Katrin
May 26, 2008 rated it really liked it
This is written in a very fun way. Tad Wise is a cynical, womanizing jerk kind of a guy and he is describing the spiritual journey he took around Mt. Kailash in Tibet with Robert Thurman, who is meanwhile writing all of the Dharma talks he gave during the trip. Tad's descriptions are more fun to read, but without the Dharma and his slow transformation the book would be hard to take. (Since he's a cynical womanizing jerk)
P.B. Morlen
Aug 25, 2013 rated it it was amazing
I absolutely loved this book. Both Robert and Tad are brilliant writers, painting a clear picture of Tibet in the 1970s when they traveled to Mount Kailash. Furthering my research for my own novel, this book inspired me in so many ways. In fact, I intend on meeting "Tenzin", Mr. Thurman soon in a workshop I plan on attending. There I will tell him personally how much his book meant to me.
Tony Gualtieri
May 31, 2014 rated it liked it
If you are interested in the self-obsessed musings of American Buddhist males as they lecture one another on Tibetan religion, then you're welcome to this book. If you're interested in learning about Kailash and walking the kora, then you'd be better served by another book.
Jim Parker
Sep 07, 2012 rated it it was amazing
Made we want to go Tibet and walk around the mountain. But if I can't do that I would like to go to one of Robert Thurman's retreats. Menla Mountain Retreat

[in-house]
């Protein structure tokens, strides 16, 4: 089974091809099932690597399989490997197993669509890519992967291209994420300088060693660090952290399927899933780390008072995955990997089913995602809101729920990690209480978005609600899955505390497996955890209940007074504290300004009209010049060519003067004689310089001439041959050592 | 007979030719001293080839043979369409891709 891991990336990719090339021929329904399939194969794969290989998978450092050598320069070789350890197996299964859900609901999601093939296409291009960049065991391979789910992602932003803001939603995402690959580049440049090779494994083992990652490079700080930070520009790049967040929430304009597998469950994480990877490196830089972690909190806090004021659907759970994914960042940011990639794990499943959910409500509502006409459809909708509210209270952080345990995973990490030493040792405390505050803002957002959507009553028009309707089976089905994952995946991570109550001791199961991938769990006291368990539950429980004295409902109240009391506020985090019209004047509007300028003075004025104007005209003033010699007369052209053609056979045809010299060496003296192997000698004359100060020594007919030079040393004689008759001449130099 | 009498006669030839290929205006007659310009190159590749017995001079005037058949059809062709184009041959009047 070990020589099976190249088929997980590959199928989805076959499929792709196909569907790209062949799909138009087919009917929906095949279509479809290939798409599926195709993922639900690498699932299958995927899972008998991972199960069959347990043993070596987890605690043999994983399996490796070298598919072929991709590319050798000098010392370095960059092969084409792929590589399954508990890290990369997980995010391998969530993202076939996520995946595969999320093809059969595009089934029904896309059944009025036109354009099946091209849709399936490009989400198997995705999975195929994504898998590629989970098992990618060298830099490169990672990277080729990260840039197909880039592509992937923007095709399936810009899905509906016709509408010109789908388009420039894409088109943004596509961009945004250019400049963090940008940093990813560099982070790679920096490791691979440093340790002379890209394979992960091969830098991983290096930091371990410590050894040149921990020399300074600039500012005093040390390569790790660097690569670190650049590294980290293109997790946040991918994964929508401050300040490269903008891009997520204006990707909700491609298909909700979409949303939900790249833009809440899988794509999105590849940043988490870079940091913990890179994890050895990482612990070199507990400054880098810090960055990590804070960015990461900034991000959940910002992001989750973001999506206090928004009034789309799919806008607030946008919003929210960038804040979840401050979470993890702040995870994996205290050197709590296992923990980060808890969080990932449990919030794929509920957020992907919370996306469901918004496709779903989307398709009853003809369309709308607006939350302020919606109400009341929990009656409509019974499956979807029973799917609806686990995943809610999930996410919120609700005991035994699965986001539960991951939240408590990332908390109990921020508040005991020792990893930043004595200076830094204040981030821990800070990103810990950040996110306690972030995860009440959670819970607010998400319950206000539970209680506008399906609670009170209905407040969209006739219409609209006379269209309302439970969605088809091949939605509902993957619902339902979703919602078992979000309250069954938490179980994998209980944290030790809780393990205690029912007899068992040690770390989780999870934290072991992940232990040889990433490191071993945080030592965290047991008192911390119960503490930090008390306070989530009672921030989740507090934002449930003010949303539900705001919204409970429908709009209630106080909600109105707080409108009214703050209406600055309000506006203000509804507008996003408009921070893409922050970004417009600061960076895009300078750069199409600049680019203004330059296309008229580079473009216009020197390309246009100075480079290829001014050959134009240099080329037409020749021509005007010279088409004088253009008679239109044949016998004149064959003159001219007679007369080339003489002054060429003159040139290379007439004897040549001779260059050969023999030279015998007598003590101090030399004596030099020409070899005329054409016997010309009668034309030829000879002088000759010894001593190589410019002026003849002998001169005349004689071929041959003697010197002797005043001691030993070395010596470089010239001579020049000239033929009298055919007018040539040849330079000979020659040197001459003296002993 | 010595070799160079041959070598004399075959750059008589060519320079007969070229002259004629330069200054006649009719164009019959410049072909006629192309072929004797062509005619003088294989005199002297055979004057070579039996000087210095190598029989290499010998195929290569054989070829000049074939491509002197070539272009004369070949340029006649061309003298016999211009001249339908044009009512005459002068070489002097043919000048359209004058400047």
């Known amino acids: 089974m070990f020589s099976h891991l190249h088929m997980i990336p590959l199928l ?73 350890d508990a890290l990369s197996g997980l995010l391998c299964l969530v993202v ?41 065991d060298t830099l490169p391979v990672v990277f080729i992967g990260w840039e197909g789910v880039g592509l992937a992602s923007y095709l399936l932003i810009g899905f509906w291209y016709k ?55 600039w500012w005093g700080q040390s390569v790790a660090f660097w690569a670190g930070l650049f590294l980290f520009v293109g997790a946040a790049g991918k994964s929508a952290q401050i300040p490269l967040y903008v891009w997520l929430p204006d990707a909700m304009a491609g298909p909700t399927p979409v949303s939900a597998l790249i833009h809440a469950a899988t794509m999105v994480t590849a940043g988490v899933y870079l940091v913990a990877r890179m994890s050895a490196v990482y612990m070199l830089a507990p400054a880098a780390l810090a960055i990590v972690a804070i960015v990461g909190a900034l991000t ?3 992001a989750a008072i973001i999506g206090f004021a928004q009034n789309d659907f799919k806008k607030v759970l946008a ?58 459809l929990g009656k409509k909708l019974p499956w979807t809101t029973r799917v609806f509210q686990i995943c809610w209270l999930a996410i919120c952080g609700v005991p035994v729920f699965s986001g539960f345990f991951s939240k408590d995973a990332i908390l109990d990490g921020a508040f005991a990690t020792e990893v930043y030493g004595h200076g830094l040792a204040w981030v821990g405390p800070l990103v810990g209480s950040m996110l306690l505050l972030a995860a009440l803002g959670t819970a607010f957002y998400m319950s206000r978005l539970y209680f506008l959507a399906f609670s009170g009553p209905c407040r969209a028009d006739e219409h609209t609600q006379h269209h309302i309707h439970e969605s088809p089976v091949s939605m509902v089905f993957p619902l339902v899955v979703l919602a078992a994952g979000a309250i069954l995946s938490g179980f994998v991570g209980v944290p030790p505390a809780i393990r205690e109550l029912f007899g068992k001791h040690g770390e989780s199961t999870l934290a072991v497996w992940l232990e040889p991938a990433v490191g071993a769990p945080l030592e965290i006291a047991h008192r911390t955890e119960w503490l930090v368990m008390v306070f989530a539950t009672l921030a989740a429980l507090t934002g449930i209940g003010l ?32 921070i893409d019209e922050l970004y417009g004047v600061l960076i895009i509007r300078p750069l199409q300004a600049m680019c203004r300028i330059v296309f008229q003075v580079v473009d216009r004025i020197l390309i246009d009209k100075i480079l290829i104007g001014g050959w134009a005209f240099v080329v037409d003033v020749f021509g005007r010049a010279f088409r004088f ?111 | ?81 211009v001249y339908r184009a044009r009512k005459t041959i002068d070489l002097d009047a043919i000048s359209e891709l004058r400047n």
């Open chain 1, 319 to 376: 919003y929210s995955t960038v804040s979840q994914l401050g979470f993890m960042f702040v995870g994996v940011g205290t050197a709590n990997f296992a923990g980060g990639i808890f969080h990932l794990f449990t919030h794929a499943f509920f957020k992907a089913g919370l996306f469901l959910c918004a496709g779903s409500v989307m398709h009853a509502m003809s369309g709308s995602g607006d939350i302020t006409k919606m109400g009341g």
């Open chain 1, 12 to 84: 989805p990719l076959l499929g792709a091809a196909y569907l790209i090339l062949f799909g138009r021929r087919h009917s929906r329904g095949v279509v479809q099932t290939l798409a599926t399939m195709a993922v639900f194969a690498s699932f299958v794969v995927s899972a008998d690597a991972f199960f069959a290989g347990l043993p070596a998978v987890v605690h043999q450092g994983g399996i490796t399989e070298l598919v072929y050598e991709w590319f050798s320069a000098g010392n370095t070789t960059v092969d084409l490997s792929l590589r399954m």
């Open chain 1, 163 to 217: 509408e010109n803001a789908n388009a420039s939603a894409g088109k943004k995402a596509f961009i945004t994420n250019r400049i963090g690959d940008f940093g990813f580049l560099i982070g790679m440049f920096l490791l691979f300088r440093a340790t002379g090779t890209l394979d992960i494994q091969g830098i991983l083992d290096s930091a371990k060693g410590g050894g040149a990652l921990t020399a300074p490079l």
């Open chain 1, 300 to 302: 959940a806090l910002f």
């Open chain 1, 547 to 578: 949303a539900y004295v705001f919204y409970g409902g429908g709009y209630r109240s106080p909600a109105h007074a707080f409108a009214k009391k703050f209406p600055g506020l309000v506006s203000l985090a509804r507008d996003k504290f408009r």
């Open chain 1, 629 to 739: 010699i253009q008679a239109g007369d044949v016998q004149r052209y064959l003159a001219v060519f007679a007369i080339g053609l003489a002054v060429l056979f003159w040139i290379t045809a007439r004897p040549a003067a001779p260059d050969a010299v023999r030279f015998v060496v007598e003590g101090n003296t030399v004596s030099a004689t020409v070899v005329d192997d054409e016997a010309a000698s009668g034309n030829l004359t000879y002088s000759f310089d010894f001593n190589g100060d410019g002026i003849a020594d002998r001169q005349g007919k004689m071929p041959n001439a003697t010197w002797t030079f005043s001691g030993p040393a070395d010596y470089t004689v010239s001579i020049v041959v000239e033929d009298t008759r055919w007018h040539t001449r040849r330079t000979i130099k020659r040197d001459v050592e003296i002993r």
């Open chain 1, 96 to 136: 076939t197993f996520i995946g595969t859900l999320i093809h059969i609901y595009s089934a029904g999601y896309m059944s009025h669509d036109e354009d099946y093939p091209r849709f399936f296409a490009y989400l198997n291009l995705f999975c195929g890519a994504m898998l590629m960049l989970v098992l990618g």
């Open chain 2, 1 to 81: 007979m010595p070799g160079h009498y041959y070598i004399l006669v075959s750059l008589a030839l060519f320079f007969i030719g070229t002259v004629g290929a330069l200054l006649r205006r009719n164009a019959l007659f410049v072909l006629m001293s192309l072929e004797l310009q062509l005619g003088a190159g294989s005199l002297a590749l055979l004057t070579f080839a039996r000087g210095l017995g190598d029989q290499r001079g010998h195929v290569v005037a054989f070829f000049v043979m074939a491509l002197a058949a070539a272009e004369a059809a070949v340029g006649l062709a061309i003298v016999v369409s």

Katylou
This book is still on my bookshelf even though I read it two years ago. Not only a sacred mountain but also a most amazing pilgrimage
Cathy Luchetti


Been there, both in reality and in this amazing book.
Mo
Aug 14, 2007 rated it it was ok
Shelves: buddhism
Sometimes "Buddha Bob" is a little too over the top for me.I am a sucker for travel narratives, tho, so I stuck it out to the end.
Renee
May 11, 2012 rated it it was amazing
That fact that Robert Thurman is the father of one of my favorite actresses (yes this is Uma's dad) only adds to the layers of why I like him as an author. This is a great book and a great read.
Rick
Dec 01, 2007 rated it liked it
Recommends it for: seekers
Shelves: completed
spiritual pilgrimage from Buddhist/American perspective.
Lisa Schaner
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Jun 19, 2015
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Mar 28, 2012
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Apr 13, 2009
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May 26, 2014
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Chris
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Michael Hicks
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Tenzin Robert Thurman is the Jey Tsong Khapa Professor of Indo-Tibetan Buddhist Studies at Columbia University, holding the first endowed chair of Buddhist Studies in the United States. He is the author of the bestseller Inner Revolution, as well as Anger, Infinite Life, and other popular books. He is also a translator of Tibetan texts. He serves as co-founder and president of Tibet House US, a ...more